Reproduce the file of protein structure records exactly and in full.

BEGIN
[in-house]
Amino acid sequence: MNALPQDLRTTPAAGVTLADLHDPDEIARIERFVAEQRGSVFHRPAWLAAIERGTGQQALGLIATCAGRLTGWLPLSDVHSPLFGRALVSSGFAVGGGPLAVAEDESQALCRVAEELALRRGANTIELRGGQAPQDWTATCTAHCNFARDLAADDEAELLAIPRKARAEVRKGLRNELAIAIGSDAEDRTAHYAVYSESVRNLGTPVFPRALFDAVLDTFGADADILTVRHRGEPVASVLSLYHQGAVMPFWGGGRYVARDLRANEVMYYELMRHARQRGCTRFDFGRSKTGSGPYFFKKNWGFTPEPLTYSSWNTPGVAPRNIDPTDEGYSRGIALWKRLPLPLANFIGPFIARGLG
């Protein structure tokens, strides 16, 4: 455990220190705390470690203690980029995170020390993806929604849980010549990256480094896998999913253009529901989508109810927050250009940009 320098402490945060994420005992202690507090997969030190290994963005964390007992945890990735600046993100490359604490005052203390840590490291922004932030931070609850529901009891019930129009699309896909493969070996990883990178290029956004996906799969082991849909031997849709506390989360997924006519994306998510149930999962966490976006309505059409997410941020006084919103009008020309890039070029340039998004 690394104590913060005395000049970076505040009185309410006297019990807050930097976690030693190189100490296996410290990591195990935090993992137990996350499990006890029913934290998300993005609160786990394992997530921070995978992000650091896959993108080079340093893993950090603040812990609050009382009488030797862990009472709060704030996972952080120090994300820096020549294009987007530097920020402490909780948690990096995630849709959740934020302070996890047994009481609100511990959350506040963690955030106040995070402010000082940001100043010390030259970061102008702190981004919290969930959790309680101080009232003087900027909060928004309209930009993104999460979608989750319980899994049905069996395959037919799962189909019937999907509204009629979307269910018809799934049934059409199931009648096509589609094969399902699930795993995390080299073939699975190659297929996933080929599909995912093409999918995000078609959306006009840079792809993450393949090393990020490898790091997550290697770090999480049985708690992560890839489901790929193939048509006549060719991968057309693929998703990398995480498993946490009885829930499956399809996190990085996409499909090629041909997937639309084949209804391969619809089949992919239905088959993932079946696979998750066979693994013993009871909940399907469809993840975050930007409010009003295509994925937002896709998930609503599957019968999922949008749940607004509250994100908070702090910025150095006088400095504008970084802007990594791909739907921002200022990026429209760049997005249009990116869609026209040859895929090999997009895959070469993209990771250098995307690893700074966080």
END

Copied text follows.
[in-house]
Amino acid sequence: MNALPQDLRTTPAAGVTLADLHDPDEIARIERFVAEQRGSVFHRPAWLAAIERGTGQQALGLIATCAGRLTGWLPLSDVHSPLFGRALVSSGFAVGGGPLAVAEDESQALCRVAEELALRRGANTIELRGGQAPQDWTATCTAHCNFARDLAADDEAELLAIPRKARAEVRKGLRNELAIAIGSDAEDRTAHYAVYSESVRNLGTPVFPRALFDAVLDTFGADADILTVRHRGEPVASVLSLYHQGAVMPFWGGGRYVARDLRANEVMYYELMRHARQRGCTRFDFGRSKTGSGPYFFKKNWGFTPEPLTYSSWNTPGVAPRNIDPTDEGYSRGIALWKRLPLPLANFIGPFIARGLG
């Protein structure tokens, strides 16, 4: 455990220190705390470690203690980029995170020390993806929604849980010549990256480094896998999913253009529901989508109810927050250009940009 320098402490945060994420005992202690507090997969030190290994963005964390007992945890990735600046993100490359604490005052203390840590490291922004932030931070609850529901009891019930129009699309896909493969070996990883990178290029956004996906799969082991849909031997849709506390989360997924006519994306998510149930999962966490976006309505059409997410941020006084919103009008020309890039070029340039998004 690394104590913060005395000049970076505040009185309410006297019990807050930097976690030693190189100490296996410290990591195990935090993992137990996350499990006890029913934290998300993005609160786990394992997530921070995978992000650091896959993108080079340093893993950090603040812990609050009382009488030797862990009472709060704030996972952080120090994300820096020549294009987007530097920020402490909780948690990096995630849709959740934020302070996890047994009481609100511990959350506040963690955030106040995070402010000082940001100043010390030259970061102008702190981004919290969930959790309680101080009232003087900027909060928004309209930009993104999460979608989750319980899994049905069996395959037919799962189909019937999907509204009629979307269910018809799934049934059409199931009648096509589609094969399902699930795993995390080299073939699975190659297929996933080929599909995912093409999918995000078609959306006009840079792809993450393949090393990020490898790091997550290697770090999480049985708690992560890839489901790929193939048509006549060719991968057309693929998703990398995480498993946490009885829930499956399809996190990085996409499909090629041909997937639309084949209804391969619809089949992919239905088959993932079946696979998750066979693994013993009871909940399907469809993840975050930007409010009003295509994925937002896709998930609503599957019968999922949008749940607004509250994100908070702090910025150095006088400095504008970084802007990594791909739907921002200022990026429209760049997005249009990116869609026209040859895929090999997009895959070469993209990771250098995307690893700074966080």